The prisons and detention centres in Egypt have been used by the military government to provide the appropriate conditions conducive to achieving the goal of dehumanising the opposition.

The Egyptian Observatory’s monitoring and documentation department stressed that it prepared this report and collected the data in order to expose this heinous crime and the abnormal death of prisoners and detainees inside the various detention centres.

June 9, 2015 Posted by | Full Spectrum Dominance, Subjugation - Torture | , | Leave a comment

Egypt’s coup leaders call for end to subsidies on basic goods

MEMO | November 23, 2013

general-sisiIn a new leaked audio tape, the Egyptian coup leader Gen. Abdul-Fattah al-Sisi has called for an end to subsidies on bread and energy in Egypt, as well as a 50 per cent reduction of public sector salaries.

Gen. Al-Sisi described the measure as “austerity” and pointed to examples in various countries expressing his admiration for them.

In the audio which was broadcast by Al-Jazeera Mubashir Misr on Friday 22 November, he said: “A gas container is sold to citizens for 62 to 67 Egyptian pounds, (restaurants pay much more). This means that a lot of money is being unintentionally wasted in the country.”

He said: “It is impossible to pay 107 billion Egyptian pounds to subsidise energy and 17 billion for bread.”

Al-Sisi continued: “What I would like to say, regardless if it is appropriate to raise prices or not is that when former President Sadat attempted to solve Egypt’s problems in 1977, he decided that every citizen had to pay the prime costs for the goods they bought.”

Citing other examples, Gen Al Sisi said: “I would like to tell you that Germany reduced 50 per cent of the salaries for its austerity plan, and people accepted that measure.” However, he did not give any details about when and how Germany carried out this measure.

He further pointed to the cases of South Africa and Sudan. In the latter case he said, “When South Sudan seceded from the north and became independent, it cut salaries by 50 per cent. People said nothing.”

Then he concluded: “I do not care about the decisions. I would like to say that the situation requires from all of us, Egyptians, if we love our country, to take measures regarding the issue of the prices and goods’ subsidies.”

November 24, 2013 Posted by | Economics | , , | 1 Comment

Egypt’s military junta playing with fire

By Finian Cunningham | Press TV | Jul 26, 2013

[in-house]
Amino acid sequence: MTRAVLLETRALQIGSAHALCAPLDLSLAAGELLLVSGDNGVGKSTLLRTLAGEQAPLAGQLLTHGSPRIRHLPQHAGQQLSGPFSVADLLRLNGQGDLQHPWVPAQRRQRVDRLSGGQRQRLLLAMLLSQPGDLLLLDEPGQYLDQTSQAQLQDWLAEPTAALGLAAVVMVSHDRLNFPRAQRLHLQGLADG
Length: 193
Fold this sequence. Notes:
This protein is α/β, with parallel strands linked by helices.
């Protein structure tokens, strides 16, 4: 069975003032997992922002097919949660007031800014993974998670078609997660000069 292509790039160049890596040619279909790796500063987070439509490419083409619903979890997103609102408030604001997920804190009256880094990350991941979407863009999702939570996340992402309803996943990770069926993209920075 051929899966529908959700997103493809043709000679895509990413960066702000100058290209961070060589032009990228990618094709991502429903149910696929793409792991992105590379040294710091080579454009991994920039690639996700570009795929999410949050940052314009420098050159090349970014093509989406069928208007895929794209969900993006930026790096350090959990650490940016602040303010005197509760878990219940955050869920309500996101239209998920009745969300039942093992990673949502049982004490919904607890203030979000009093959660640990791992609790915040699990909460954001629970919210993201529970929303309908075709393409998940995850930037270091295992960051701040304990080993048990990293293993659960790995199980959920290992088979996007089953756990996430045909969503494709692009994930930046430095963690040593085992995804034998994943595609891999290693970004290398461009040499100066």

Egypt’s military strongman General Al Sisi is playing with fire that may engulf the North African country with even more internecine bloodshed. This week on state TV, Al Sisi called for massive street protests to face down “terrorists” who, he said, were destabilizing Egypt’s national security.

He also claimed that such popular show of strength would give the Egyptian army “a mandate” to use violence to restore order.

Such inflammatory talk by the supposed head of national security is tantamount to pushing Egypt – the Arab region’s most populous country – into a civil war.

The reprehensible thing about this is that General Abdel Fattah Al Sisi is indulging in reckless demagoguery to incite violence in order to cover up the fact that it is he who violated the law and constitution of his country.

As head of the Egyptian military, Al Sisi is supposed to be duty-bound to protect the nation from harm. But what he appears to be doing is plunging the nation into chaos and conflict by way of concealing his own selfish ambitions.

On 3 July, it was Defense Minister Al Sisi who dismissed then President Mohamed Morsi. Nearly three weeks on, no one has seen or heard from the deposed Muslim Brotherhood president. Even his family is still unaware of Morsi’s whereabouts and has accused the military of “kidnap”.

Meanwhile, Al Sisi, who also heads the Supreme Council of Military Forces (SCAF), appointed a senior judge as the interim-president, and oversaw the formation of an unelected government. This civilian administration is only a front for Egypt’s military deep state, which stems from the US-backed Hosni Mubarak dictatorship (1981-2011).

The 35-member interim government is packed with holdovers from the Mubarak era. Many of them are closely associated with the Egyptian military and police. The central figure in the so-called civilian administration is General Al Sisi, who also appointed himself as deputy prime minister – in addition to his portfolio of defense minister and head of the SCAF.

Fawning visits to Cairo last week by US senior diplomat William Burns and the European Union’s Foreign Policy Chief, Catherine Ashton, demonstrate that Washington and its Western allies are endorsing the military coup against Egypt’s nascent democracy.